What Killers Will Season 2 Feature?

When asked about Season 1, David Fincher, the producer and director, said, “We’re looking at the Atlanta child murders, so we’ll have a lot more African-American music, which will be nice. The music will evolve. It’s intended to support what’s happening with the show and for the show to evolve radically between seasons.”

The Atlanta child murders that Fincher mentioned occurred between 1979 and 1981. Someone mysteriously murdered 28 children, teenagers and adults, and prosecutors eventually charged and convicted Wayne Williams for two of the murders.

The court had very little evidence against Williams — who was an aspiring photographer and music promoter — until they managed to identify one victim, a 27-year-old mentally disabled man named Nathaniel Carter. Witnesses were able to confirm that Williams and Carter were at a movie theater holding hands. However, the main prosecutorial nail in Williams’ coffin was the hair and fiber evidence.

In the Williams case, Douglas was instrumental in not only profiling but also advising the interrogation process. Douglas also worked closely with the DA to advise them on their cross-examination techniques. He even went through a step-by-step technique that resulted in Williams actually confessing on the stand in front of the stunned jurors.

It’s important to note that Douglas stated that he believed Williams was responsible for some, not all, of the killings. Douglas further asserted that there was another serial killer active at the same time as Williams.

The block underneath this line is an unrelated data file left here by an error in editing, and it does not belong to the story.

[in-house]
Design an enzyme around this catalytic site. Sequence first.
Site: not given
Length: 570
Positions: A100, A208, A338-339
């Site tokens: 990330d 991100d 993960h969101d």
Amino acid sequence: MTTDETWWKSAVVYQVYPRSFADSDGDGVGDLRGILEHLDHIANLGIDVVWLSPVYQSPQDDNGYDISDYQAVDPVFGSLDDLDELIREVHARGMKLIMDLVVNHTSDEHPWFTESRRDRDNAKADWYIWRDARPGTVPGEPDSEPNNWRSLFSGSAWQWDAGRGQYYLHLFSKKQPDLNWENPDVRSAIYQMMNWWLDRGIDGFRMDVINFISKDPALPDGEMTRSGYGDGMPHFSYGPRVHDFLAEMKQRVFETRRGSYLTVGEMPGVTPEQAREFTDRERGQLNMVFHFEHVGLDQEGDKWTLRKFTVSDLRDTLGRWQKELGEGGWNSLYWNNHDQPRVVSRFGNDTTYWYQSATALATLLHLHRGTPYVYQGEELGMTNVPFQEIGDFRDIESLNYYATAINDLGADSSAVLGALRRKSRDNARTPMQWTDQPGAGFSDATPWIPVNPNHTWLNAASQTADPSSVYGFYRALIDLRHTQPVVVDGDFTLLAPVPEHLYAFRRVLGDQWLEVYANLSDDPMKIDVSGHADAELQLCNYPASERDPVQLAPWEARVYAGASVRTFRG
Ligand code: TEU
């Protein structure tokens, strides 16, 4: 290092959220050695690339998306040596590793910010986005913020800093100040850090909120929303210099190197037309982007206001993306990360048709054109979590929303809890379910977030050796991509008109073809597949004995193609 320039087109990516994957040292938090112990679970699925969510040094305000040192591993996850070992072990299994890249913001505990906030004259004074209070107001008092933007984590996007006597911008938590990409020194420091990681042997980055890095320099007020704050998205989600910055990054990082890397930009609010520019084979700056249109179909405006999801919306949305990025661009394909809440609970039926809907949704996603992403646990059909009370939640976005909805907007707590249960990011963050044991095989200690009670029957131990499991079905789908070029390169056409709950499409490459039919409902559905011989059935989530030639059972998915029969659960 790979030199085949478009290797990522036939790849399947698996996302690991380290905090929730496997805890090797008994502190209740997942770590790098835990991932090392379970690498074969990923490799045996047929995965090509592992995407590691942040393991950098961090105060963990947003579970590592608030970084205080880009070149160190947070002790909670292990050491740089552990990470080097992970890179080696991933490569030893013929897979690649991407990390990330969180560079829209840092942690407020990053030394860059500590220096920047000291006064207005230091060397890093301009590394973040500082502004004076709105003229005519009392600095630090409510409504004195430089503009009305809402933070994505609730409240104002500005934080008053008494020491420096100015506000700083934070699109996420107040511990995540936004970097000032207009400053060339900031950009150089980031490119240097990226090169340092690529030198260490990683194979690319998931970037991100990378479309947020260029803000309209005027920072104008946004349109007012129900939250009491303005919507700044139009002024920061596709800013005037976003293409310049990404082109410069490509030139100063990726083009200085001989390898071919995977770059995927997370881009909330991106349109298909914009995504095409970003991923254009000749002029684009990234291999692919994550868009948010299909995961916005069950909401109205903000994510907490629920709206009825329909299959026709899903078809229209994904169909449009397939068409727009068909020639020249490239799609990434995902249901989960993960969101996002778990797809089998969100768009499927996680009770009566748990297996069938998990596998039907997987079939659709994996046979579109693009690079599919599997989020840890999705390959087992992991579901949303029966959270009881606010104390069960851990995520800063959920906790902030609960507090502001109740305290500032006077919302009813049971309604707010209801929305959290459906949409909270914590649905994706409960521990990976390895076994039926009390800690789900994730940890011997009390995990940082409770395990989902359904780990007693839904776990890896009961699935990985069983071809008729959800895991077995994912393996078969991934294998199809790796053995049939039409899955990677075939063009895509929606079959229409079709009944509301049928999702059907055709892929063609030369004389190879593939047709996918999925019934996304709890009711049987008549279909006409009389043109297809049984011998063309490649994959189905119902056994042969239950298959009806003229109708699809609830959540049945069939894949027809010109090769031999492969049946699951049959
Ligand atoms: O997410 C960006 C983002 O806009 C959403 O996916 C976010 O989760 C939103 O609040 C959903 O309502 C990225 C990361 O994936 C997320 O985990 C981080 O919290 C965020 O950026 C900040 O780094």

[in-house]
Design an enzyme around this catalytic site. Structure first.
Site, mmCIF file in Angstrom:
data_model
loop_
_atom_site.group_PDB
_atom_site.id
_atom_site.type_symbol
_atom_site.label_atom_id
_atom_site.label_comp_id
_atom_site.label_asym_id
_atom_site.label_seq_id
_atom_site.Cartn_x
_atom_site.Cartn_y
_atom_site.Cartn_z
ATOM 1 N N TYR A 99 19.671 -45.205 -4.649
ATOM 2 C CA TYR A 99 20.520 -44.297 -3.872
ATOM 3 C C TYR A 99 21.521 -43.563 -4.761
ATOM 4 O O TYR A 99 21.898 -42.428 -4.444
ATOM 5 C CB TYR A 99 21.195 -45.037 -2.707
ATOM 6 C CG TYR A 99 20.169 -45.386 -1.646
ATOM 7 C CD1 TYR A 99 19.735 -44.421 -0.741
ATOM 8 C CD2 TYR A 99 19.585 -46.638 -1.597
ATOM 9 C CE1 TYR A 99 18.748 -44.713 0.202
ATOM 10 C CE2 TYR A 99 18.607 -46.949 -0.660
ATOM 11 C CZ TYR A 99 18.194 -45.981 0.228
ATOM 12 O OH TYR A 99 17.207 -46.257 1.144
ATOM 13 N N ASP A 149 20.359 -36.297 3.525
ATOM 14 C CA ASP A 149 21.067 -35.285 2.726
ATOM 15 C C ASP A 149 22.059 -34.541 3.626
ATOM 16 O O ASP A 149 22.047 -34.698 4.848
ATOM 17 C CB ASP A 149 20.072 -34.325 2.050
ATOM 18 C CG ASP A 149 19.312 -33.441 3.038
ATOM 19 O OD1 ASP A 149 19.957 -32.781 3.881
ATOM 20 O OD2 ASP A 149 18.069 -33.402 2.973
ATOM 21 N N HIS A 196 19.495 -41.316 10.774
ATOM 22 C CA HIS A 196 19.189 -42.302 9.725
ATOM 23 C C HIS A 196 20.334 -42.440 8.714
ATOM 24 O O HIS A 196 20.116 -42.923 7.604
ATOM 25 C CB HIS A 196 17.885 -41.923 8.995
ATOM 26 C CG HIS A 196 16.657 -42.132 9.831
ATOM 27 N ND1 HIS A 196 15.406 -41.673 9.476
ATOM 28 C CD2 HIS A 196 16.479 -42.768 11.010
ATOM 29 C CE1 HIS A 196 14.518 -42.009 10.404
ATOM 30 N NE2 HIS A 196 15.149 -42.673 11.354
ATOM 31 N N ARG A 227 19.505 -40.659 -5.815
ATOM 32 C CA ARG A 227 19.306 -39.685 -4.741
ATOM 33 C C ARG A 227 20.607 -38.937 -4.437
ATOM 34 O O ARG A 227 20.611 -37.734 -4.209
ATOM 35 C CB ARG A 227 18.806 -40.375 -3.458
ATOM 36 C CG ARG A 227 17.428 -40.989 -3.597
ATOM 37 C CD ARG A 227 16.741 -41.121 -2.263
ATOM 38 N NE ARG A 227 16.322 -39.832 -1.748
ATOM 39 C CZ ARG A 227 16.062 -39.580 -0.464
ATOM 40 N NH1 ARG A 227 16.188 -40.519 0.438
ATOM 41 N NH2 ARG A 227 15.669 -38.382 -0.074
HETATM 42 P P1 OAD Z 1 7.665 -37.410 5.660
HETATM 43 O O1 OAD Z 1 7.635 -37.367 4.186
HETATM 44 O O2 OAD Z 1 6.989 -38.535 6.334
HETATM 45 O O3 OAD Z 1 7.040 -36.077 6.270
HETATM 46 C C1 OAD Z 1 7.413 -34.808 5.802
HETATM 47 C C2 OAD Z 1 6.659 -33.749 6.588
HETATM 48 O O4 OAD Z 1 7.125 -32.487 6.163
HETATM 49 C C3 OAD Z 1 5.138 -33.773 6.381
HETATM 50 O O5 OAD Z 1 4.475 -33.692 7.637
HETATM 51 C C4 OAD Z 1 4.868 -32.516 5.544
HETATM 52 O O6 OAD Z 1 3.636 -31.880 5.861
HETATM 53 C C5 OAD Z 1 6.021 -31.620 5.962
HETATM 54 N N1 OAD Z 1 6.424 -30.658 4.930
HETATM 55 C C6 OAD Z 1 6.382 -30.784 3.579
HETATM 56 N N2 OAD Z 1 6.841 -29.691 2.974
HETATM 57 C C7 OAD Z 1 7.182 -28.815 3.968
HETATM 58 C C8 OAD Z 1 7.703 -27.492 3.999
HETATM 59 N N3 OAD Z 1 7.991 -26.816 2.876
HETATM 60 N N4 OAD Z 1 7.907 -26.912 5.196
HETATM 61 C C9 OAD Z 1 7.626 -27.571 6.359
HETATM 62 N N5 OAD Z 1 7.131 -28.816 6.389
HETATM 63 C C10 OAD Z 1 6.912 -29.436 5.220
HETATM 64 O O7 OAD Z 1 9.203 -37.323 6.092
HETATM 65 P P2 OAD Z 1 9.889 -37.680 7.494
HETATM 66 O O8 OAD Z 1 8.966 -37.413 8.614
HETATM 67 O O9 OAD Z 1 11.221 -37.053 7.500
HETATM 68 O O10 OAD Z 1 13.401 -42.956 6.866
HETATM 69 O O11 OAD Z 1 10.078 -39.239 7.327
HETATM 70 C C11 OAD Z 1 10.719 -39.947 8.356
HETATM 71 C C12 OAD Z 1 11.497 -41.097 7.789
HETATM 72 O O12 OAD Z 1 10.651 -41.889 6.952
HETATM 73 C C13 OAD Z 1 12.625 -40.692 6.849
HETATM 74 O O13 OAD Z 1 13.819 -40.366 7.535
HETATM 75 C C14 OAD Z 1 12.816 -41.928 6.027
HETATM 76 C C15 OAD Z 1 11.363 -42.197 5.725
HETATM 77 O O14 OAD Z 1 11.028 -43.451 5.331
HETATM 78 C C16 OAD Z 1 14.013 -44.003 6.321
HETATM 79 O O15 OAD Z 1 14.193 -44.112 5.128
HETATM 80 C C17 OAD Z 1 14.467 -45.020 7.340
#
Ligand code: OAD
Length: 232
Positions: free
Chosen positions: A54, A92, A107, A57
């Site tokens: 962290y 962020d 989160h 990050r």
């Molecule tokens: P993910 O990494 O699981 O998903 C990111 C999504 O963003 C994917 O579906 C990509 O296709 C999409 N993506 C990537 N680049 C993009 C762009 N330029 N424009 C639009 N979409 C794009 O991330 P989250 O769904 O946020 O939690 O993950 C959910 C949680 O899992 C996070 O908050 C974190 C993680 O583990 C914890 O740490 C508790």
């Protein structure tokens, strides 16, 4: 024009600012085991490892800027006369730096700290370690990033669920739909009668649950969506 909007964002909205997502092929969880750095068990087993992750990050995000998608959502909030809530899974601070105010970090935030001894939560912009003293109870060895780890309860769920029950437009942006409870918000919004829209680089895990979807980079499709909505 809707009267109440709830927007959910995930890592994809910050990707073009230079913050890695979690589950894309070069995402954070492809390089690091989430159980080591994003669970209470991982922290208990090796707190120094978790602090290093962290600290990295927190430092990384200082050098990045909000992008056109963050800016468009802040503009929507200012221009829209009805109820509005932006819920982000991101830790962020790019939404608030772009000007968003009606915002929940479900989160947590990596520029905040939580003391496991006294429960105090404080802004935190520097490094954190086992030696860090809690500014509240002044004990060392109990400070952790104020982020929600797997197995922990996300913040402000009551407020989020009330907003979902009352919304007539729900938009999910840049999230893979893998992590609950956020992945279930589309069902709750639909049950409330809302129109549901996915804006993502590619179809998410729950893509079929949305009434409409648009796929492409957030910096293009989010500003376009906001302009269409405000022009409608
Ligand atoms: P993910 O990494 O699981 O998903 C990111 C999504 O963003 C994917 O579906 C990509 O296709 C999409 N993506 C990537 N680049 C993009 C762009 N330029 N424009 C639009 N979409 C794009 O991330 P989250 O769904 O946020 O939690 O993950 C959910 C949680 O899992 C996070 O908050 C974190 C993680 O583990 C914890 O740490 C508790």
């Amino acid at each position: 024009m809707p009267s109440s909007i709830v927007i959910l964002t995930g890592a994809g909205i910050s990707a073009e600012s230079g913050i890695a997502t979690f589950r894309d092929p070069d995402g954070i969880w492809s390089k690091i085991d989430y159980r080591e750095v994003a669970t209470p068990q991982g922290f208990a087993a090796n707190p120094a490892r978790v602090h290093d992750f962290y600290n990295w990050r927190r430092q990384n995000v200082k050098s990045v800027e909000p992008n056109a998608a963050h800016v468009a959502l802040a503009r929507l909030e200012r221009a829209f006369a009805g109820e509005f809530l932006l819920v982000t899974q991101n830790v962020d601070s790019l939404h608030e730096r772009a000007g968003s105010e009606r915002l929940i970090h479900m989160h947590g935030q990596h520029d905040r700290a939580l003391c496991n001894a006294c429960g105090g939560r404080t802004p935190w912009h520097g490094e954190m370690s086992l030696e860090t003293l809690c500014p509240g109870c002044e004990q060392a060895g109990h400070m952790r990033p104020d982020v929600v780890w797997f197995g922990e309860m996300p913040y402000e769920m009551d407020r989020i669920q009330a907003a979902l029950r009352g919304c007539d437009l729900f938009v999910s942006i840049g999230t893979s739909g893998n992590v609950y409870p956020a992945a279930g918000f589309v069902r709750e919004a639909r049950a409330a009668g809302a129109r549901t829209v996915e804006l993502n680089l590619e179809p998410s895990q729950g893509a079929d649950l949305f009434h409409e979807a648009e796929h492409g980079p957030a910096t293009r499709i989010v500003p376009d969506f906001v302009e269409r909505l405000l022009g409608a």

In an attempt to find the other murderer, Douglas slyly told Atlanta police to set up a booth for people to apply for security positions at a benefit concert given by Franks Sinatra and Sammy Davis, JR. He predicted that the killer was a police buff who would jump at the chance to be involved in the case.

Though producers will likely feature Williams in the new season, the show will probably portray other infamous serial killers as well. That said, those who have read Douglas’s book “Mindhunter: Inside the FBI’s Elite Serial Crime Unit” know that he speaks to Charles Manson, John Wayne Gacy and David Berkowitz, so it’s safe to say that Season 2 will probably feature at least one or two of these characters. It is also highly probable that Dennis Rader, also known as the BTK Killer, will still be featured in Season 2.

Season 1 of ‘Mindhunter’ introduced Dennis Rader, who is an actual serial killer called the BTK Killer (Image via Popsugar)

What Can You Expect Stylistically from Season 2?

The show’s first season had a surprising lack of grisly violence, which many fans questioned. In response, Fincher said, “I said many times as we were in the process of making the show, ‘Wait a minute, we’re making this show about serial killers. We’re not making this show for serial killers.’” Additionally, the producer said, “I also thought it was intriguing that in order to truly understand one’s enemy, one has to…develop empathy for people who heretofore would have been beneath our contempt.”

To further Fincher’s point, Douglas said, “If you want to learn about violent crime, talk to the experts: the criminals perpetrating rapes, arsons and serial homicides.” This successful style will no doubt carry over into Season 2, making it as wildly entertaining as Season 1.

Fans of “Mindhunter” have raved about the show’s intrigue and excitement since it first premiered in 2017, so it comes as no surprise that many people are highly anticipating Season 2. If you’re a fan of crime-centered dramas and haven’t watched the show yet, try to catch up before the new season airs. You won’t be disappointed.

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Miranda Maples

University of Tennessee Knoxville